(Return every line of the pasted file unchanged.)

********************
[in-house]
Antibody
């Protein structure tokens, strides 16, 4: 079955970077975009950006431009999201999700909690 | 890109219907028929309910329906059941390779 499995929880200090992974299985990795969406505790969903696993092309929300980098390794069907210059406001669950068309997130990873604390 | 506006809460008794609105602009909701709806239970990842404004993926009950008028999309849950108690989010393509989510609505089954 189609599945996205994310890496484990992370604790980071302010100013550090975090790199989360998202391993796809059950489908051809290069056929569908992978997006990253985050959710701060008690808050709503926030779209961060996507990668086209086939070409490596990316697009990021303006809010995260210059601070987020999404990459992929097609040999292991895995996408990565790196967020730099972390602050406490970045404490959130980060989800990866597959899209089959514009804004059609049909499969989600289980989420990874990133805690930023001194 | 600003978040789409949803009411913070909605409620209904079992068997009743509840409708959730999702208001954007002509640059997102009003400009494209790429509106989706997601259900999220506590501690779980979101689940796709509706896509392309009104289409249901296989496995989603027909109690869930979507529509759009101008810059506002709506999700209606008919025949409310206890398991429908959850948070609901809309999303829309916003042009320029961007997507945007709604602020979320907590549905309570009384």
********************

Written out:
[in-house]
Antibody
């Protein structure tokens, strides 16, 4: 079955970077975009950006431009999201999700909690 | 890109219907028929309910329906059941390779 499995929880200090992974299985990795969406505790969903696993092309929300980098390794069907210059406001669950068309997130990873604390 | 506006809460008794609105602009909701709806239970990842404004993926009950008028999309849950108690989010393509989510609505089954 189609599945996205994310890496484990992370604790980071302010100013550090975090790199989360998202391993796809059950489908051809290069056929569908992978997006990253985050959710701060008690808050709503926030779209961060996507990668086209086939070409490596990316697009990021303006809010995260210059601070987020999404990459992929097609040999292991895995996408990565790196967020730099972390602050406490970045404490959130980060989800990866597959899209089959514009804004059609049909499969989600289980989420990874990133805690930023001194 | 600003978040789409949803009411913070909605409620209904079992068997009743509840409708959730999702208001954007002509640059997102009003400009494209790429509106989706997601259900999220506590501690779980979101689940796709509706896509392309009104289409249901296989496995989603027909109690869930979507529509759009101008810059506002709506999700209606008919025949409310206890398991429908959850948070609901809309999303829309916003042009320029961007997507945007709604602020979320907590549905309570009384």